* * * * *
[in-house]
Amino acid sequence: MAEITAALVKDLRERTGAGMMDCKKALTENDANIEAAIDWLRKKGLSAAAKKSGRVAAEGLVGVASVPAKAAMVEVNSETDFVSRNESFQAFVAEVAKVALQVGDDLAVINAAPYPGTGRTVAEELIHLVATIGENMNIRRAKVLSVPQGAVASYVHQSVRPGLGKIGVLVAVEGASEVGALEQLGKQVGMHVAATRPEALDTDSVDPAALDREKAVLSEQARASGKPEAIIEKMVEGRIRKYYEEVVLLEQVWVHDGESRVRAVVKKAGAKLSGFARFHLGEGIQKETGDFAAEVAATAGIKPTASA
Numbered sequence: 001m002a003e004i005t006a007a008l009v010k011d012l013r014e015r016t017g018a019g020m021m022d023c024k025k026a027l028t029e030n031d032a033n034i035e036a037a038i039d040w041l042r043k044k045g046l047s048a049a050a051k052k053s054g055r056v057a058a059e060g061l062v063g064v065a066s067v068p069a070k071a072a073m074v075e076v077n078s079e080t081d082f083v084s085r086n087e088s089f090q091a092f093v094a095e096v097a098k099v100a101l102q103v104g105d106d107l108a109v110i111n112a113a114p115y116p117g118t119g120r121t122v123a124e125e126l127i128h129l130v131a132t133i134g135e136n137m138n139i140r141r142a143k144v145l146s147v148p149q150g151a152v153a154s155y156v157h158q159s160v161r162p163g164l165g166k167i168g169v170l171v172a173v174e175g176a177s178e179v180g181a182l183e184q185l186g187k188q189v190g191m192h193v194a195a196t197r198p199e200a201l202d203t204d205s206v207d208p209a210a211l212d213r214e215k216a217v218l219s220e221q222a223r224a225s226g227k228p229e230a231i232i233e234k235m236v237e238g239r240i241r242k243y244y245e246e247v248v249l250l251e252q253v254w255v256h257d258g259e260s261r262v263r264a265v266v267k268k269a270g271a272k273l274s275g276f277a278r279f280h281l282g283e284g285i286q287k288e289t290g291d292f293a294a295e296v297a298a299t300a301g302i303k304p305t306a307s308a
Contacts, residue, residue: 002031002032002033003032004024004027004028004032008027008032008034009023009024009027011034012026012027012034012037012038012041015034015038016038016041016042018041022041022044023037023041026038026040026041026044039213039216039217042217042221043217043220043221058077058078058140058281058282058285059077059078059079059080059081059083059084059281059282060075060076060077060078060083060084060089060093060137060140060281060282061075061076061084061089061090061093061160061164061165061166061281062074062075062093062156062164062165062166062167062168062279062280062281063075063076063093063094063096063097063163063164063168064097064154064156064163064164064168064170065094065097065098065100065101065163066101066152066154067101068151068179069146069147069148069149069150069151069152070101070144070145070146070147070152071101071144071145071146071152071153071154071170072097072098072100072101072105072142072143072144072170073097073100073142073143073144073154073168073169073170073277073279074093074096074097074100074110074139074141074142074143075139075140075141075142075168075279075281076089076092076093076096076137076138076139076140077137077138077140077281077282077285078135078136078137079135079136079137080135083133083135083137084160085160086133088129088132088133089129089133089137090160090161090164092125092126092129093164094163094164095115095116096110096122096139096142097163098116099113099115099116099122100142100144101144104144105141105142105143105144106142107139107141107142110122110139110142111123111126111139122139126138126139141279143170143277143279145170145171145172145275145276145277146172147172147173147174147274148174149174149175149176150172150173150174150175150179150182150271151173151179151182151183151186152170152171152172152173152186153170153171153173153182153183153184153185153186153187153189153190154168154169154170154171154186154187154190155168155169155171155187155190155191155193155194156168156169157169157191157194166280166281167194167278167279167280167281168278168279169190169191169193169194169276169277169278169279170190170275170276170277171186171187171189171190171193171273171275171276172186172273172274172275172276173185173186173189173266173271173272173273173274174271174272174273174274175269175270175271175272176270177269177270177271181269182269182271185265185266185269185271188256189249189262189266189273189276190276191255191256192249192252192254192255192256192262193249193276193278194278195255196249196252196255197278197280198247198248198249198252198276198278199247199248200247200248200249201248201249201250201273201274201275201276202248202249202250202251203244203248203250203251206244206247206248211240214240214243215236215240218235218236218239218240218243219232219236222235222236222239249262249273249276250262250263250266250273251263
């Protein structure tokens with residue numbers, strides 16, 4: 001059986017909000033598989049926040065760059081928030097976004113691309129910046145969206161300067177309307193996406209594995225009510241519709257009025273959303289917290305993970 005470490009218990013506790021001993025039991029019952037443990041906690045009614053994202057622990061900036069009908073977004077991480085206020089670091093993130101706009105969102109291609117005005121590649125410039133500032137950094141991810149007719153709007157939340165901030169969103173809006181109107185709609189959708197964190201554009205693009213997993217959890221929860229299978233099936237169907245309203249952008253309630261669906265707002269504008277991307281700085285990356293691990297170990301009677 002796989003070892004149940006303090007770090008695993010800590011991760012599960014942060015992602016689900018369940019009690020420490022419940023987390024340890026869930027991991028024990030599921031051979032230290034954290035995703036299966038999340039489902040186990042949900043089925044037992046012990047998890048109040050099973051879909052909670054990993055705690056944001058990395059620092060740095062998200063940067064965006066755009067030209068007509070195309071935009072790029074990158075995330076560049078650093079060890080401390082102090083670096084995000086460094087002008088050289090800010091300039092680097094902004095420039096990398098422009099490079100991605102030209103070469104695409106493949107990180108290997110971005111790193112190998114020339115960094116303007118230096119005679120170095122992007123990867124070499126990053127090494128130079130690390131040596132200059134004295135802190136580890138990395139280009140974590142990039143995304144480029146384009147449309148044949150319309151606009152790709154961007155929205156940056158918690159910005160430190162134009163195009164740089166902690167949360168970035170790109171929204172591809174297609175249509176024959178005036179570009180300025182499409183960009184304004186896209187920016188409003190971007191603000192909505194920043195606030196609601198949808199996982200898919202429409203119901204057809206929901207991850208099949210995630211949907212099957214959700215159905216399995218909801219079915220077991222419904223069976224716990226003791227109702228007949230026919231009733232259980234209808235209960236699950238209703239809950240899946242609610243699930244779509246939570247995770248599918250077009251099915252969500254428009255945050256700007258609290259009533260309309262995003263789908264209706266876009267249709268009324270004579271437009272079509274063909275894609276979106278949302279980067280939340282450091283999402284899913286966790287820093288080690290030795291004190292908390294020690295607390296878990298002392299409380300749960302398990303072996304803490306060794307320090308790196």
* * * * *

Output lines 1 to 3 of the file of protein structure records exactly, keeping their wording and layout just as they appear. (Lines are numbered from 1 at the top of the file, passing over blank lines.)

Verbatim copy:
[in-house]
Amino acid sequence: MAEITAALVKDLRERTGAGMMDCKKALTENDANIEAAIDWLRKKGLSAAAKKSGRVAAEGLVGVASVPAKAAMVEVNSETDFVSRNESFQAFVAEVAKVALQVGDDLAVINAAPYPGTGRTVAEELIHLVATIGENMNIRRAKVLSVPQGAVASYVHQSVRPGLGKIGVLVAVEGASEVGALEQLGKQVGMHVAATRPEALDTDSVDPAALDREKAVLSEQARASGKPEAIIEKMVEGRIRKYYEEVVLLEQVWVHDGESRVRAVVKKAGAKLSGFARFHLGEGIQKETGDFAAEVAATAGIKPTASA
Numbered sequence: 001m002a003e004i005t006a007a008l009v010k011d012l013r014e015r016t017g018a019g020m021m022d023c024k025k026a027l028t029e030n031d032a033n034i035e036a037a038i039d040w041l042r043k044k045g046l047s048a049a050a051k052k053s054g055r056v057a058a059e060g061l062v063g064v065a066s067v068p069a070k071a072a073m074v075e076v077n078s079e080t081d082f083v084s085r086n087e088s089f090q091a092f093v094a095e096v097a098k099v100a101l102q103v104g105d106d107l108a109v110i111n112a113a114p115y116p117g118t119g120r121t122v123a124e125e126l127i128h129l130v131a132t133i134g135e136n137m138n139i140r141r142a143k144v145l146s147v148p149q150g151a152v153a154s155y156v157h158q159s160v161r162p163g164l165g166k167i168g169v170l171v172a173v174e175g176a177s178e179v180g181a182l183e184q185l186g187k188q189v190g191m192h193v194a195a196t197r198p199e200a201l202d203t204d205s206v207d208p209a210a211l212d213r214e215k216a217v218l219s220e221q222a223r224a225s226g227k228p229e230a231i232i233e234k235m236v237e238g239r240i241r242k243y244y245e246e247v248v249l250l251e252q253v254w255v256h257d258g259e260s261r262v263r264a265v266v267k268k269a270g271a272k273l274s275g276f277a278r279f280h281l282g283e284g285i286q287k288e289t290g291d292f293a294a295e296v297a298a299t300a301g302i303k304p305t306a307s308a